Peter Birse insisted that his attempts to reinvent the company have done it good, despite a decline in Birse's fortunes last year.

Birse's transformation from a contractor with a reputation for playing hard to a new-age business has attracted a huge amount of publicity.

In June 1997, the chairman publicly apologised for having been too aggressive towards clients in the past and for upsetting employees.

Birse then introduced a non-confrontational culture at the company, bringing in a "resources consultancy" to train staff in the new approach.

And last year, the company made national headlines when it bombarded a Welsh local authority with fairies, toadstools and faxes containing the thoughts of Nelson Mandela in a bizarre attempt to settle an outstanding £11.5m bill. The bid failed, and Birse is still in arbitration with the council involved.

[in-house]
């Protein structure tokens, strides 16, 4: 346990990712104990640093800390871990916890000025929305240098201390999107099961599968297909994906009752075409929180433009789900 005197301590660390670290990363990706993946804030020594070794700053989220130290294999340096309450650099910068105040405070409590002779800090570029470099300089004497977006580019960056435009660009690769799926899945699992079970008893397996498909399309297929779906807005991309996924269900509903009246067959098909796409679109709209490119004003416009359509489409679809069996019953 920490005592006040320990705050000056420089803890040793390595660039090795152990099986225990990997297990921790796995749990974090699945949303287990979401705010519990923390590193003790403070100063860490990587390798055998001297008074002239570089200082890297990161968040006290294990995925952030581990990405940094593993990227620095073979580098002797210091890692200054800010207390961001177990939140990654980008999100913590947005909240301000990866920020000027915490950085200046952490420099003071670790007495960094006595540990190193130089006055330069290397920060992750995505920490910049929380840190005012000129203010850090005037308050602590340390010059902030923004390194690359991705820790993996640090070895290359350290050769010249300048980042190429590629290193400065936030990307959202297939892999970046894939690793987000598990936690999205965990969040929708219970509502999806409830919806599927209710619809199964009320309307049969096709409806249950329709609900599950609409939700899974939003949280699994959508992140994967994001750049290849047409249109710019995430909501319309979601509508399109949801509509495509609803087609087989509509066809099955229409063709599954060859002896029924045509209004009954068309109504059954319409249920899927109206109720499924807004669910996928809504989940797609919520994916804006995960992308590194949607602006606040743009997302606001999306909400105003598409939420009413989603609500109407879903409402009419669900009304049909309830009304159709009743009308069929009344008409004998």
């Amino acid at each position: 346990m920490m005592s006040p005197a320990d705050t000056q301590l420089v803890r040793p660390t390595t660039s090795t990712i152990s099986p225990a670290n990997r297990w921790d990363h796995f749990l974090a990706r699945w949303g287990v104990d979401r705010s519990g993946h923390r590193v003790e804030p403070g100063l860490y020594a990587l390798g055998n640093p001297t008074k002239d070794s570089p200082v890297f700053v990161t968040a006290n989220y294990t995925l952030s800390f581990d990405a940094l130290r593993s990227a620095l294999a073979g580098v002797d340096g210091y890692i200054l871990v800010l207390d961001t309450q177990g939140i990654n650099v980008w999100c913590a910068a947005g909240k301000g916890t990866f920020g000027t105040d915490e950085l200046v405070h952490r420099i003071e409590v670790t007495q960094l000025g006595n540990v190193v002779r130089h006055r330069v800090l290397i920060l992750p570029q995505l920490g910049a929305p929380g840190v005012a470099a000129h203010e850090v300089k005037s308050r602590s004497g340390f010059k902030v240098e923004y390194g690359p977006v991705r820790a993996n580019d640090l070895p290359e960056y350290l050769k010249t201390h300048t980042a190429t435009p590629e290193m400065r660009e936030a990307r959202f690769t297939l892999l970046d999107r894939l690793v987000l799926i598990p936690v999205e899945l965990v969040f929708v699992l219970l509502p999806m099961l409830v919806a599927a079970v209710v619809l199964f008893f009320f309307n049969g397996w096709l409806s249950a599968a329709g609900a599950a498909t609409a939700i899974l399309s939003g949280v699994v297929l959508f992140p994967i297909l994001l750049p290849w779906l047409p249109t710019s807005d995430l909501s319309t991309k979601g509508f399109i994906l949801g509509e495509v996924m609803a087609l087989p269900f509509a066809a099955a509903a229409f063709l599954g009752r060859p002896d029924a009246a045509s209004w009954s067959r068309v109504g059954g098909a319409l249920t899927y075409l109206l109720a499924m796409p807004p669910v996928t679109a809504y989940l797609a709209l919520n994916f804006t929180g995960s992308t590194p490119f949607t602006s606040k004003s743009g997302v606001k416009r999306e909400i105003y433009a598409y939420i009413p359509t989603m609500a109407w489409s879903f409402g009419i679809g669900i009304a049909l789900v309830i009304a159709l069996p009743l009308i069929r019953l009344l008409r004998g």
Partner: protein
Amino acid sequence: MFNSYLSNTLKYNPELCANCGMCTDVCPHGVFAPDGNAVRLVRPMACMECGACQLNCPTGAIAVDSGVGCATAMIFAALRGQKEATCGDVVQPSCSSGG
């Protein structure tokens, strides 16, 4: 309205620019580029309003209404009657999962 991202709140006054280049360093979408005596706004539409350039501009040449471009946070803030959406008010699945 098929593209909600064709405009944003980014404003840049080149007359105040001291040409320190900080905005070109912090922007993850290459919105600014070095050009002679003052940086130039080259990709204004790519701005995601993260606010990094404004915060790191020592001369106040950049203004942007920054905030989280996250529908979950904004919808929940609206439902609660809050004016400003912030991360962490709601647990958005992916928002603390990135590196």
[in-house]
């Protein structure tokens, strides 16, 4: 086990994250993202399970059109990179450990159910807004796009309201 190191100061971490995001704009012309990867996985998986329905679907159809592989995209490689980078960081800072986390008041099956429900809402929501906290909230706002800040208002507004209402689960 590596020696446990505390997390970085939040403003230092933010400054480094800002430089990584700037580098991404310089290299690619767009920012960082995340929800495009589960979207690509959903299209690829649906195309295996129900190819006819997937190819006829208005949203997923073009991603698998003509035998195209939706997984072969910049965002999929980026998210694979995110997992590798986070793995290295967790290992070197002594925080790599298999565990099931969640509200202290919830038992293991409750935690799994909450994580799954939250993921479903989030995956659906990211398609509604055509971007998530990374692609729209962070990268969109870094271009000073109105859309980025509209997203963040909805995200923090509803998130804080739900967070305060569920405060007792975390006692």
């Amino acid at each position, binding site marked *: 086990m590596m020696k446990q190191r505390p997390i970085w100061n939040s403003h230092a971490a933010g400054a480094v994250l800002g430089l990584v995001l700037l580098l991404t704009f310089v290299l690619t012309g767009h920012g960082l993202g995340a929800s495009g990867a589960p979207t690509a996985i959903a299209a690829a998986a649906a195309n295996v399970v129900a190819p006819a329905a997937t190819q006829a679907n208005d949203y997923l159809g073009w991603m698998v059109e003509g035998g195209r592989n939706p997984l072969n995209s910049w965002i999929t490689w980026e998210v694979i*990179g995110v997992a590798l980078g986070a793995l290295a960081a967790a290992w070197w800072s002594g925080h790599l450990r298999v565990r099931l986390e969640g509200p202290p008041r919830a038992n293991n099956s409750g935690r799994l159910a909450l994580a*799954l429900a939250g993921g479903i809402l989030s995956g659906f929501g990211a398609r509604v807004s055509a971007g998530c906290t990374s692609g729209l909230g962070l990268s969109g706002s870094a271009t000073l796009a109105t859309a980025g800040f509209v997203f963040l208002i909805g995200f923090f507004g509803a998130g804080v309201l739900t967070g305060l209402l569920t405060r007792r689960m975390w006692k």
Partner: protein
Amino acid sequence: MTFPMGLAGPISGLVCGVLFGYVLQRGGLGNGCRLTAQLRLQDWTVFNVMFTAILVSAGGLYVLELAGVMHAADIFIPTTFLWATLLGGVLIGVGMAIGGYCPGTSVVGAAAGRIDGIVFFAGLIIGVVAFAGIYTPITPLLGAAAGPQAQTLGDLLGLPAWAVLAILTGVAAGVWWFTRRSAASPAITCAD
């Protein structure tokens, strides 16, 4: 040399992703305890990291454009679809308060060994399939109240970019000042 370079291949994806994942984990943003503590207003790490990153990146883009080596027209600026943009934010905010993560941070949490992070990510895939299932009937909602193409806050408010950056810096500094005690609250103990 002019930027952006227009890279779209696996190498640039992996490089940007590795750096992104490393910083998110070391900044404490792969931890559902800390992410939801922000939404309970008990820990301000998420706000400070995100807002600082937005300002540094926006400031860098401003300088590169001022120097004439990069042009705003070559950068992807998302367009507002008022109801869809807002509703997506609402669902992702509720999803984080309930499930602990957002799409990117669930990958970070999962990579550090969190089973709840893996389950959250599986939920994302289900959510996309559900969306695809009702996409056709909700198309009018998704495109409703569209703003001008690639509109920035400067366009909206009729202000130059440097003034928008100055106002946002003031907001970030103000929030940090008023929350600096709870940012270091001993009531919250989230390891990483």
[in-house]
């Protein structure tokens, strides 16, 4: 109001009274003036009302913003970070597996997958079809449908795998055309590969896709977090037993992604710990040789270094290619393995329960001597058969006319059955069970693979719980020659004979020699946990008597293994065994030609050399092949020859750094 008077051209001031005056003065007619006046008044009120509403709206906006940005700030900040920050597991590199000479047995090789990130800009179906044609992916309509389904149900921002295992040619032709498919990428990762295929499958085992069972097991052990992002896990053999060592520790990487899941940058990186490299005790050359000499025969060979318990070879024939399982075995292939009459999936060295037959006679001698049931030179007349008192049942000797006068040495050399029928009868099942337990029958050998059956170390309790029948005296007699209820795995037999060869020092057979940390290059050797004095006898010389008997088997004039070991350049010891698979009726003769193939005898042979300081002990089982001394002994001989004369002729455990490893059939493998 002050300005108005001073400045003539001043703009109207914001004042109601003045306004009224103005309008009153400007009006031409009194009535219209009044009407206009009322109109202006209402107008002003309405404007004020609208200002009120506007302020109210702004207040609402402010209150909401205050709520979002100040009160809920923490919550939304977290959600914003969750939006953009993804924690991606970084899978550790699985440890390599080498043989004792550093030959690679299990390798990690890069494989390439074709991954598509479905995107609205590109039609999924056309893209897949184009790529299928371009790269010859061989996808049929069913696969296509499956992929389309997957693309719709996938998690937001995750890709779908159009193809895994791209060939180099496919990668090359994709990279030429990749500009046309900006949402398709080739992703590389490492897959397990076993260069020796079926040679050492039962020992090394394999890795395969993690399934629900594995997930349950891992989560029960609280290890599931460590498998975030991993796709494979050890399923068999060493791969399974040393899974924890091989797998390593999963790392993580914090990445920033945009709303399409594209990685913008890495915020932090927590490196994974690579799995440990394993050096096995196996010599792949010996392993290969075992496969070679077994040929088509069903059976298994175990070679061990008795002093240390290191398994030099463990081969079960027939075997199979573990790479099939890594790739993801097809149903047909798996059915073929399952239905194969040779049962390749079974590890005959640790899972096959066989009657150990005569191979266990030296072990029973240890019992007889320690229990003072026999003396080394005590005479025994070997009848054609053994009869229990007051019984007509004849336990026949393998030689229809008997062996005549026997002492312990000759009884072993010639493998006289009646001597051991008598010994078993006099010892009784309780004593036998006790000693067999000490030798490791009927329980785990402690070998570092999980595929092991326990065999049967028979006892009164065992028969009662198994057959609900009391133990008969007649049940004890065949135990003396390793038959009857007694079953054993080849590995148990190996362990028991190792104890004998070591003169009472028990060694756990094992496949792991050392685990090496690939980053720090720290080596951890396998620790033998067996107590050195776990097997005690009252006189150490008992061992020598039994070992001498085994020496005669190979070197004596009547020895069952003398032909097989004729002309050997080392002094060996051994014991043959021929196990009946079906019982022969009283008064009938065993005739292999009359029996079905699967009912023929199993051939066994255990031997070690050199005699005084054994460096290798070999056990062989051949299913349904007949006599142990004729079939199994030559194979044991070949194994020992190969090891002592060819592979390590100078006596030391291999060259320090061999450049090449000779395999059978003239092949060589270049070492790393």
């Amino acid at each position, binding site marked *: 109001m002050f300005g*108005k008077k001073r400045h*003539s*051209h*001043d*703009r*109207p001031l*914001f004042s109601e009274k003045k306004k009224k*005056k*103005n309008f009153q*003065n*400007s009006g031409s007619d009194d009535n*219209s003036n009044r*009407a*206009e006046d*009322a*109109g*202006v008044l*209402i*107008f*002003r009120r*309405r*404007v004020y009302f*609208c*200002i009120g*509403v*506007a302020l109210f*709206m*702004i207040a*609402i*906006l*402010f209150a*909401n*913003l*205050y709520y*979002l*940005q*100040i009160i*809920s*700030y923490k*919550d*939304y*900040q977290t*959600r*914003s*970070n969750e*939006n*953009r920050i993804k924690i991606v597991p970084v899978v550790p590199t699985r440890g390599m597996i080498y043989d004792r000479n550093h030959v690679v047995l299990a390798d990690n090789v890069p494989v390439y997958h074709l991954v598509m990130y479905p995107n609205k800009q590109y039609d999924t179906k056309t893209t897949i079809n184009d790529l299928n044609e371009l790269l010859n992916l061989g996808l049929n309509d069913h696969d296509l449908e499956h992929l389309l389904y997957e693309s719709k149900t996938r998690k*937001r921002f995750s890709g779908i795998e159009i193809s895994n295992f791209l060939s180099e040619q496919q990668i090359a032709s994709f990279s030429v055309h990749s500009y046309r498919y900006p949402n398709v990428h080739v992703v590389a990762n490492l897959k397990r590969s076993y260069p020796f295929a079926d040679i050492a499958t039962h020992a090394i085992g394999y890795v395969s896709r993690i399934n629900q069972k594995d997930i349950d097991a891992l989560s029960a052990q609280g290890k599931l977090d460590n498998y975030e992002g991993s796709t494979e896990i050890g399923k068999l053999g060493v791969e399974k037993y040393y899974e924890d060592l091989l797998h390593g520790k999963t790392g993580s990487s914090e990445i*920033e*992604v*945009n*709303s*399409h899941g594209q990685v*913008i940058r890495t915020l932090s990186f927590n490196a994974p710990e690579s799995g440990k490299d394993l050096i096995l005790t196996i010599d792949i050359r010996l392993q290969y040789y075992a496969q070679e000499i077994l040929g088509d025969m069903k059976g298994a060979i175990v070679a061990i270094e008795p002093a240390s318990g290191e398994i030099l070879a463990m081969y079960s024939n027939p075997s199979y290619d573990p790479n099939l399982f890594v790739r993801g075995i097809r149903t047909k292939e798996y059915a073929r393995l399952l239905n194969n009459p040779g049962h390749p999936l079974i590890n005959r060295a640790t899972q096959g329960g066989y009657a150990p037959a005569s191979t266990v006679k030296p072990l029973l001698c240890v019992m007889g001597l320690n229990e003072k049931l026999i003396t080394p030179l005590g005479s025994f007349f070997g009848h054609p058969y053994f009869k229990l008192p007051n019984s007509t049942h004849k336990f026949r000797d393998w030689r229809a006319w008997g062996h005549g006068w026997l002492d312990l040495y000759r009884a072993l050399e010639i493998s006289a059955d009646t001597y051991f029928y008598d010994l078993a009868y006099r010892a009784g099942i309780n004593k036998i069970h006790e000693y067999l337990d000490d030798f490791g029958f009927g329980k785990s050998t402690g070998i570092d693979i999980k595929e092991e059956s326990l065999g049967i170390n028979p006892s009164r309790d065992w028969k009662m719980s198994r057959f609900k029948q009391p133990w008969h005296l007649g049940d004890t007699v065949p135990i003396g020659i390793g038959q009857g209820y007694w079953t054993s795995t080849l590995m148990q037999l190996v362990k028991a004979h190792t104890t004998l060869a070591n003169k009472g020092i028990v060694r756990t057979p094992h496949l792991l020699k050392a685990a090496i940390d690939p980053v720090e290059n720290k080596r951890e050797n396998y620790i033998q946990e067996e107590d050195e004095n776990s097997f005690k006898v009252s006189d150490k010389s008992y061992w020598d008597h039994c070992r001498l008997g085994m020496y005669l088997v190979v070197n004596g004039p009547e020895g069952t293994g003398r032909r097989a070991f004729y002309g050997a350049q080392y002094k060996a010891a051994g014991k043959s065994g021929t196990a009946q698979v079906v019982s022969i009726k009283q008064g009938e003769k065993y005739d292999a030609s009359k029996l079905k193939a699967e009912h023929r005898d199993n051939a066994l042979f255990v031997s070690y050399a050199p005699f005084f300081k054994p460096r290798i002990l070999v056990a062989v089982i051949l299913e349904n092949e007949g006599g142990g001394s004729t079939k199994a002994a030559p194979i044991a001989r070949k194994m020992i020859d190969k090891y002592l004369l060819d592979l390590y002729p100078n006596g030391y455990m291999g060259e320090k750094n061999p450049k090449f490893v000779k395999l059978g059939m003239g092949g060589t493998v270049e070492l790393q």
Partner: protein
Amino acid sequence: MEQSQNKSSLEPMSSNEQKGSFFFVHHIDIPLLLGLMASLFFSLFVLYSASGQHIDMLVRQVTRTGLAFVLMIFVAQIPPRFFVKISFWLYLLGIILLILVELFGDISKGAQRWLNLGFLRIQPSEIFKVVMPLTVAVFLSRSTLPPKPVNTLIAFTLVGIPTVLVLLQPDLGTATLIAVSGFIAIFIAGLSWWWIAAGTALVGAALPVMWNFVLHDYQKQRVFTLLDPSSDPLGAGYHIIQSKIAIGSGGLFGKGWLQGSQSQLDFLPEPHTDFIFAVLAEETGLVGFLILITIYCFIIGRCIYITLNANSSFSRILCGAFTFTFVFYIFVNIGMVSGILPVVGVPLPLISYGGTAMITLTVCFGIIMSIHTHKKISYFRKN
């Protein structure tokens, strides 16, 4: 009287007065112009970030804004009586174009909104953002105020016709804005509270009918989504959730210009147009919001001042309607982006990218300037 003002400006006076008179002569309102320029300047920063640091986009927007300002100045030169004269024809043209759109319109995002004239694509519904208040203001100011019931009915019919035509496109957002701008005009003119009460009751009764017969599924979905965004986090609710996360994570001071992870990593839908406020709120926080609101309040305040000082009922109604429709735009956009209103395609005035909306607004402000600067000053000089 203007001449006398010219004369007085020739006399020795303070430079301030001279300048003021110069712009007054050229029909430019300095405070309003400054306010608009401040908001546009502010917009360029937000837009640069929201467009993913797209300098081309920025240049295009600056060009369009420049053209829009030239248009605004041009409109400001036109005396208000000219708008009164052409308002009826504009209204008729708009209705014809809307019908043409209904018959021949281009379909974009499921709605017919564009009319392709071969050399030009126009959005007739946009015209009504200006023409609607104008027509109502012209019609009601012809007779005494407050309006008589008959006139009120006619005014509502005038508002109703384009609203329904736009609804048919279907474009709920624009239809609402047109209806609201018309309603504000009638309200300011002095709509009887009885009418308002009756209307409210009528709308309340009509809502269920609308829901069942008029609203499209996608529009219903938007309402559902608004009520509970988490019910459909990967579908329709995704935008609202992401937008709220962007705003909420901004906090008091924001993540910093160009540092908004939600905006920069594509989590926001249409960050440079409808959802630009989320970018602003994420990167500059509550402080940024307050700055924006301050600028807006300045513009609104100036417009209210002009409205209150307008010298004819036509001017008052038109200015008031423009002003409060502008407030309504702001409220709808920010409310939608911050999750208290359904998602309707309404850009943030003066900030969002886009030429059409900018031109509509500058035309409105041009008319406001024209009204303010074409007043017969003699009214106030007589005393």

Birse said he did not regret the changes, as they had helped staff face up to difficult issues.

"On the whole, it's been good for Birse. Internal communications have been improved. We can deal with situations a lot better than we used to.

"I think there's a much better atmosphere in the company. If we could start making money now, we would be on a high." Birse made it clear that the company was still a tough commercial organisation despite the changes.

"A lot of people thought that, with our culture change, we were nice people who couldn't make staff redundant. We couldn't be like that. If we were, we would go bust."